College life and academia in fantasy literature
By Caroline Ho, Arts Editor
Wouldn’t dragging yourself to class in the morning be much more appealing with a dash of magic?
Sadly, Douglas College doesn’t offer Transfiguration, Advanced Spellcasting, or anything nearly so fantastic. But if you can’t attend a school for magic, the next best thing is finding a good novel or series that takes on the premise.
Magic school can be a great way for an author to introduce the mechanics of their world. Education built into a storyline is a natural way to teach both reader and character how the world operates without tacking on long-winded expositions or appendices. However, the trope runs the risk of being too convenient a setup for character progression, which can come across as lazy writing if an author relies too heavily on the school setting to drive plot and character growth.
Luckily, fantasy literature has plenty of well-handled magical academies, and despite what Harry Potter might have you think, they aren’t all inherently targeted to kids or young adult audiences. The start of the school year is the perfect time to pull out a school-based novel for the long commute, such as one of the following.
The Magicians Trilogy, by Lev Grossman
Probably the quintessential series about magical college. I’ve heard the first book, The Magicians (2009), described in passing as an adult version of Harry Potter with booze and sex, but it’s so much more. Like Harry Potter, Lev Grossman’s trilogy features a secret world of magicians who live alongside ordinary folk on Earth, and a school these magicians are unexpectedly invited to, but that’s the extent of the similarities. The first novel introduces us to the prestigious Brakebills College for Magical Pedagogy, where brilliant students learn magic that requires incredibly complex mathematical understanding.
The Magicians Trilogy deals with some very relatable issues of depression, college partying life hedonism, and the usefulness of academic pursuits, as well as diving profoundly into the idea of escapism in fantasy. The story is at times sardonic, adventurous, horrifying, humorous, heartbreaking, and uncomfortably sympathetic. The series has also been adapted into a fairly well-received TV show on Syfy, with two seasons so far and a third one set to air next year.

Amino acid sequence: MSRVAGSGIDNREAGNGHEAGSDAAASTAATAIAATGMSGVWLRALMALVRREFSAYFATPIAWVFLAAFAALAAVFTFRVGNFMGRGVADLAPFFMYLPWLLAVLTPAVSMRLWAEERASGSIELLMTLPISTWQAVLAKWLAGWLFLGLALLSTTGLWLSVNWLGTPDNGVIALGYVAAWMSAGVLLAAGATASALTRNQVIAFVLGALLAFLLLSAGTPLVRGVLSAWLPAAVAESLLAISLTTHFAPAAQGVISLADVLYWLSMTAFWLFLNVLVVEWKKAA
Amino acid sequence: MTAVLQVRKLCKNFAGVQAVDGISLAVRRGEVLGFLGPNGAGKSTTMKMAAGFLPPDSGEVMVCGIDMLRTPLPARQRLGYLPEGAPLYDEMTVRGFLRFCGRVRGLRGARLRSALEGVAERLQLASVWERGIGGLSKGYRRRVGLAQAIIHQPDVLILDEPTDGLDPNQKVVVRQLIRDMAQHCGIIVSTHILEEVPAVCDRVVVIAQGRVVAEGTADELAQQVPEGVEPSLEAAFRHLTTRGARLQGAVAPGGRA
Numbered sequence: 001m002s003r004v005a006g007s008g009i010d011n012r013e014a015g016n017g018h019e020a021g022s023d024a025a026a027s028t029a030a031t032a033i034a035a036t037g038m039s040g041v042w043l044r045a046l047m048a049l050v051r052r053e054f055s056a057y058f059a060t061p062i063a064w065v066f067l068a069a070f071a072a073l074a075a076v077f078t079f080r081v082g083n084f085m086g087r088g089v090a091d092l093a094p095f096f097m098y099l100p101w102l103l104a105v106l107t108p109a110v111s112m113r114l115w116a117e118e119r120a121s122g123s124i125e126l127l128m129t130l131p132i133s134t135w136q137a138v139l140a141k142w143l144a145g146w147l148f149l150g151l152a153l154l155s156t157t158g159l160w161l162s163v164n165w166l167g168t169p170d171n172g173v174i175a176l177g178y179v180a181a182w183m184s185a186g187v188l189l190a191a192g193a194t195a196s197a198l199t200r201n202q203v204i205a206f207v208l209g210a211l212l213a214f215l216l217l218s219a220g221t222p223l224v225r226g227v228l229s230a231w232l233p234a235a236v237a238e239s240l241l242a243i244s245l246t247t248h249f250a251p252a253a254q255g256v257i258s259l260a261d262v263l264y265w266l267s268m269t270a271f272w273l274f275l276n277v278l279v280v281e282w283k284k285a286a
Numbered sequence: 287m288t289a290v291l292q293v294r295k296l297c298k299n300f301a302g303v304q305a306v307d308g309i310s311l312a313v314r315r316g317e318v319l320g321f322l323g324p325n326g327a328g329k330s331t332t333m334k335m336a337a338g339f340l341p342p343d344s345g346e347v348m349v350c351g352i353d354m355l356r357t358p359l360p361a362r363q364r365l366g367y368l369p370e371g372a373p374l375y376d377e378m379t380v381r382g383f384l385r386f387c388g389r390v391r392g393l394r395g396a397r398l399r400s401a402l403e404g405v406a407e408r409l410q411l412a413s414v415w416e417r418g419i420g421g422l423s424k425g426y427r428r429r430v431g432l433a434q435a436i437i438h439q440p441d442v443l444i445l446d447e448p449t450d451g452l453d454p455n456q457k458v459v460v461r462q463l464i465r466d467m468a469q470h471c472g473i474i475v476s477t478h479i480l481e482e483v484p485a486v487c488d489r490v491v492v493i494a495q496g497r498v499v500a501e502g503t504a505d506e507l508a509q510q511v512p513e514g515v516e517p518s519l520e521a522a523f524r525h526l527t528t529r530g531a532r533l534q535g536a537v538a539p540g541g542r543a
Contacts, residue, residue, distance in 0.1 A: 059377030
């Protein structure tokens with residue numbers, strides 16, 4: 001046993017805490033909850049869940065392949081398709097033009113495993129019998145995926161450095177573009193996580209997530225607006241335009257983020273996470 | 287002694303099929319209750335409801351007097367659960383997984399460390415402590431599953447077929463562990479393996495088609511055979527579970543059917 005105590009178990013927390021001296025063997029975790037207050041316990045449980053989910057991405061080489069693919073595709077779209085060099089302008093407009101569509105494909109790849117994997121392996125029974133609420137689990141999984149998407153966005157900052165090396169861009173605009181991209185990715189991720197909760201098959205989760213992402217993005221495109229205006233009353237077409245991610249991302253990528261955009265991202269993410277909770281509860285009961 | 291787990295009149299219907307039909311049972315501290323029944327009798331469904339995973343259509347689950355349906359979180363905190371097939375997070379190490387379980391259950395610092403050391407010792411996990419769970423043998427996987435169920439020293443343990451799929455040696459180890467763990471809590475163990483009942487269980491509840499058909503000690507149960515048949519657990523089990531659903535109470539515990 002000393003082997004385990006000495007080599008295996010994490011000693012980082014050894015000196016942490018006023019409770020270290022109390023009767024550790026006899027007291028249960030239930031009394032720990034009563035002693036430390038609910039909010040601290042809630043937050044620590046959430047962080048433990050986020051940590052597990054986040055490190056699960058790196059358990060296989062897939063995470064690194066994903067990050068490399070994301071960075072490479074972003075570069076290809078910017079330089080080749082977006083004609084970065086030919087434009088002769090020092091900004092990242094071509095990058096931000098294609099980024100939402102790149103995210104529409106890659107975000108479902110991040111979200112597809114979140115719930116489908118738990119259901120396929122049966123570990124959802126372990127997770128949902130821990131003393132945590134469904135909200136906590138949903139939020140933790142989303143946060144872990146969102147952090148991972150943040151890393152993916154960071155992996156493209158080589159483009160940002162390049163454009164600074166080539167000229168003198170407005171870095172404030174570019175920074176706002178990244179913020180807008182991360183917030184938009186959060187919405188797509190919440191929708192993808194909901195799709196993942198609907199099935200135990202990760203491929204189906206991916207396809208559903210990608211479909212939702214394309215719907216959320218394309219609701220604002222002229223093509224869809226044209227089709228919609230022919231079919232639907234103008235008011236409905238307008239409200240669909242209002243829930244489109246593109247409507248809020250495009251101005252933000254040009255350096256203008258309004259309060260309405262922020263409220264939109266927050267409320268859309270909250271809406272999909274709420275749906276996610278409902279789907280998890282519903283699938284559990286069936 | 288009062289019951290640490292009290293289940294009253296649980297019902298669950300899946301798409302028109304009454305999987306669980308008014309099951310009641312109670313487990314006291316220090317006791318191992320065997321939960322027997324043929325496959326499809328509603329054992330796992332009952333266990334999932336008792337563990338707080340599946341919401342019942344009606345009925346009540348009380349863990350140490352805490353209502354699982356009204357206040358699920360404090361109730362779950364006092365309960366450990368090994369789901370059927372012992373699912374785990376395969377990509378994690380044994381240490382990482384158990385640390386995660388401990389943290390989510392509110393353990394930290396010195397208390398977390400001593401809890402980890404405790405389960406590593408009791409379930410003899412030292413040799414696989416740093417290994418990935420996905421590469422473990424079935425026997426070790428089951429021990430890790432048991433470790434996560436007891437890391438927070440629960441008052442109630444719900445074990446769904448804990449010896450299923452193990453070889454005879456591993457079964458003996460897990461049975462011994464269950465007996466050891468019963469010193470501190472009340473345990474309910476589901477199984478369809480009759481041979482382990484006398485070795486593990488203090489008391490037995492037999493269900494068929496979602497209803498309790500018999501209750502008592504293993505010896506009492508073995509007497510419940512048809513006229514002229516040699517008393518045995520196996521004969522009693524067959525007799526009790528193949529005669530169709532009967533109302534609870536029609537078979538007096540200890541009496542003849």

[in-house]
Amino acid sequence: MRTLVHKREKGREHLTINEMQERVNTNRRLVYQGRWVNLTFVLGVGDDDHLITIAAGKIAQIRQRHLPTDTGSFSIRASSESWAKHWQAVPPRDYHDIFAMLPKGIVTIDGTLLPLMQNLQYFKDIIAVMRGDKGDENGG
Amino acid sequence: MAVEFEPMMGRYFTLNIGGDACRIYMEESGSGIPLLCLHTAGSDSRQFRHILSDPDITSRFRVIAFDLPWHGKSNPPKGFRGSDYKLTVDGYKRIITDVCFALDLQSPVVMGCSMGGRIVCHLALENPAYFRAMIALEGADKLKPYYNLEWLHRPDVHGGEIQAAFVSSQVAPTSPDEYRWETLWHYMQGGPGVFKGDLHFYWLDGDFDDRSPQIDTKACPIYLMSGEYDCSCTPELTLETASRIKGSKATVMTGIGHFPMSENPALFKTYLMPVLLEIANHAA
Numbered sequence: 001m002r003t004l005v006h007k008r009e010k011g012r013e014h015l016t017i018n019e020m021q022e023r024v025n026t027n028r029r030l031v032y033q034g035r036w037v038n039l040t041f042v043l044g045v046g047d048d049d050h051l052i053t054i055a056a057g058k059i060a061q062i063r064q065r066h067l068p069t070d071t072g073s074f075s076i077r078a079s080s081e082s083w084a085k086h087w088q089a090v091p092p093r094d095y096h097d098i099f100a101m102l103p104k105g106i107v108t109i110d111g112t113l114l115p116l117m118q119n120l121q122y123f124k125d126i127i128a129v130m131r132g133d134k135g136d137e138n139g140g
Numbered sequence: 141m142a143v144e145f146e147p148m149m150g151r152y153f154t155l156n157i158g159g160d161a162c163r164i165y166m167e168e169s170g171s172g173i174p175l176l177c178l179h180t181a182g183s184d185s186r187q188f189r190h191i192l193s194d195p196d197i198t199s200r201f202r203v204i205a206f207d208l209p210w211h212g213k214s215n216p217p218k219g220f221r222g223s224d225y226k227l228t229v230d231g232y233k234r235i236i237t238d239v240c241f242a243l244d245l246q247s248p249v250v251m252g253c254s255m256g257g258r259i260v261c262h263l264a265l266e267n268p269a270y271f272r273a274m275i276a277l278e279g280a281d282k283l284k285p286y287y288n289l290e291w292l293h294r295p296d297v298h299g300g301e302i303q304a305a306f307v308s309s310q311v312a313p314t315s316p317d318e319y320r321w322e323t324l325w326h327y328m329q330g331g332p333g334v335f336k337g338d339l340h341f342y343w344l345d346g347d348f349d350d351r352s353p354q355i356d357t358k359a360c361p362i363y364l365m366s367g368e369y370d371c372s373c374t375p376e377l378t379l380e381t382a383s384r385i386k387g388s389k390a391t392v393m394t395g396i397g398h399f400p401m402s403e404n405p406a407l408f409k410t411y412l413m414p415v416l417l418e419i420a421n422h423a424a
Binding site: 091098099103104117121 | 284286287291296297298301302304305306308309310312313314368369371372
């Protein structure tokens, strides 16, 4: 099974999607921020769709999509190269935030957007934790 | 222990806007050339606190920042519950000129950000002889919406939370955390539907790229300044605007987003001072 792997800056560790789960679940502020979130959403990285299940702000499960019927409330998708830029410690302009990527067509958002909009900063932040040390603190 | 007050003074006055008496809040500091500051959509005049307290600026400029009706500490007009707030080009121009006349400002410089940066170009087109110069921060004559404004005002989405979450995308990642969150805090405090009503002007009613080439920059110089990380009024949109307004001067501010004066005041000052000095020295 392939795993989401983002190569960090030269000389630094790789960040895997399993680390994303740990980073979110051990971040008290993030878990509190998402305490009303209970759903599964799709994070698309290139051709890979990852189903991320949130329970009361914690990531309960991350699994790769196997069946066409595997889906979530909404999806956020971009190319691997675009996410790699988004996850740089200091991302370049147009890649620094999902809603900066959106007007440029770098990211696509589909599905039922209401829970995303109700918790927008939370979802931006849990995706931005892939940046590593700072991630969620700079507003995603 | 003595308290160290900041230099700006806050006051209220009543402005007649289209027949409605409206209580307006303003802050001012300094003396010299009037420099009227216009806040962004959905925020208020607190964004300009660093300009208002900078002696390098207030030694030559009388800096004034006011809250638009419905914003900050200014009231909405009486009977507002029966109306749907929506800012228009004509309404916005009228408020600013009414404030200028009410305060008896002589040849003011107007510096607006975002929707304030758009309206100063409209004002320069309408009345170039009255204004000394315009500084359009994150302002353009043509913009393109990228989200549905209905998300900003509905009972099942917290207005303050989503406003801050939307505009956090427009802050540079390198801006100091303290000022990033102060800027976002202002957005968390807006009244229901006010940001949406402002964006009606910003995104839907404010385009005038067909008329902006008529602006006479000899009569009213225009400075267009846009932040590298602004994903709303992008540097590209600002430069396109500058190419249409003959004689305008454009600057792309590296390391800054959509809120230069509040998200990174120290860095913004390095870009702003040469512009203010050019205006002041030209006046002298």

Lightbringer Series, by Brent Weeks
Minor spoilers because this series gets more into the actual academy-based schooling in later books, although we do find out how magic works early in the first volume (2010’s The Black Prism). In the Lightbringer series, Brent Weeks employs a hard-magic system: Magic that follows clearly-defined rules and laws. Chromaturgy is used by magicians known as Drafters who are able to turn light into a physical substance called Luxin, with different colours of Luxin having different properties such as elasticity and durability. The practice of magic and the general governance of the world are controlled by a ruling body called the Chromeria, which also functions as the only official school for Drafters.
Lightbringer presents a fantastic spin on the legitimacy of having one central organization in charge of all education. In addition, the series contains political intrigue and dissent by those against the Chromeria’s regime, complex family dynamics, realistically awkward romance between believably flawed characters, and a lot of badass magical combat. This five-book series has four volumes out so far, and the final book, The Burning White, is expected to be published in 2018.
Jonathan Strange & Mr. Norrell, by Susanna Clarke
This standalone novel doesn’t exactly involve a school, but it does involve magical scholarships and magic as an academic profession. Jonathan Strange & Mr. Norrell (2004) takes place in an alternate version of Napoleonic Era England where magic has basically become a thing of the past, studied and theorized by elite and exclusive academics but never practiced, until the titular characters come along. The magical education in this book primarily consists of book learning and a compelling master-student relationship between Strange and Norrell.
Author Susanna Clarke masterfully transposes the best and the worst aspects of academia into a magical context: The reliance on established research by name-dropped authorities; theoretical debates and publishing rivalries between academics; the passion for the subject of those within the discipline, and the inscrutability to those on the outside. The novel also adds a lot of flavour through footnotes, which are written and formatted exactly like an academic paper, including properly formatted citation, though with considerably more mention of Faeries than your average peer-reviewed article. The novel was also adapted into a BBC miniseries in 2015.